Three points are chosen at random inside a square. Each point is chosen by choosing a random x-coordinate and a random y-coordinate.
A triangle is drawn with the three random points as the vertices. What is the probability that the center of the square is inside the triangle?
(In reply to Almost all the way
We can build on the ideas in my last comment without needing to look at multiple cases or worry about double integrals.
Consider the modified problem with a circle instead of a square. Here it is dead easy to compute the probability that the centre will lie inside the triangle. Following my earlier approach, the probability is the average angle between two radial segments divided by 2 pi. I.e., the probability is 1/4.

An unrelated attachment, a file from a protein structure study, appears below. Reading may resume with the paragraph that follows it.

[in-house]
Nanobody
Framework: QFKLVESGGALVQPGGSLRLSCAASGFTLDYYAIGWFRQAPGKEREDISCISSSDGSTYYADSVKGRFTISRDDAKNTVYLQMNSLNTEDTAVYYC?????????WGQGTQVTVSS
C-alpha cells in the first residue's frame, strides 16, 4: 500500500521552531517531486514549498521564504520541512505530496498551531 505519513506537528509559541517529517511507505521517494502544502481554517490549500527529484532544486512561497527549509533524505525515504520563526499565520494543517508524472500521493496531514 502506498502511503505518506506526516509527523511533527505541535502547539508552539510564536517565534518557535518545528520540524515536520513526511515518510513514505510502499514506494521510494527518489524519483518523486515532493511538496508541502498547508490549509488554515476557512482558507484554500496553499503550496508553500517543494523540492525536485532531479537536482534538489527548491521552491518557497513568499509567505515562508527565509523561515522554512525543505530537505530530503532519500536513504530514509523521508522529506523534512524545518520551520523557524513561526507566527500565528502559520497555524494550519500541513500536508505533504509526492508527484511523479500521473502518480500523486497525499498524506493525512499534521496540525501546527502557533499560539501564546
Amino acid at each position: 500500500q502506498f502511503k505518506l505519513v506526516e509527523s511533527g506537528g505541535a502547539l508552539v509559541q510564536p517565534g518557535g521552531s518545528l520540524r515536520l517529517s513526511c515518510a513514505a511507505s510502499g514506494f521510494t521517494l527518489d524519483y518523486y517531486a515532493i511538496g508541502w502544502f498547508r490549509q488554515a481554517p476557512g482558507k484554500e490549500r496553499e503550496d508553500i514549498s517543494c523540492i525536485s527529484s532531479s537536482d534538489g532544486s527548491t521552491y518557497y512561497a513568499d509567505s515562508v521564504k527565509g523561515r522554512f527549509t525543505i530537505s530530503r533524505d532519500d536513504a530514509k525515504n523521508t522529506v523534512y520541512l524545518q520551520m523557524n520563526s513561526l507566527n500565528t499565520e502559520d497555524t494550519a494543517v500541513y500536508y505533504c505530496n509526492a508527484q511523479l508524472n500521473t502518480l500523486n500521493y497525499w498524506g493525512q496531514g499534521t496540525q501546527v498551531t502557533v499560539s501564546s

Now return to the case of the triangle embedded in a square. As before, let A and B be two vertices of the triangle. If we restrict A and B to lie in the circle inscribed to the square, then the probability we are looking for has been shown to be 1/4. But what if B = (x2,y2) lies in the portion of the square outside of the incircle? In this case we we match off this case with the case with B' =(-x2, -y2). Now BZB' is a straight line, so that AZB + AZB' = 180 degrees. It follows that, taken together, these two cases also contribute a probability of 1/4. Ergo, the probability that that the center of the square is inside the triangle is 1/4.
Posted by FrankM
on 2008-03-17 19:56:21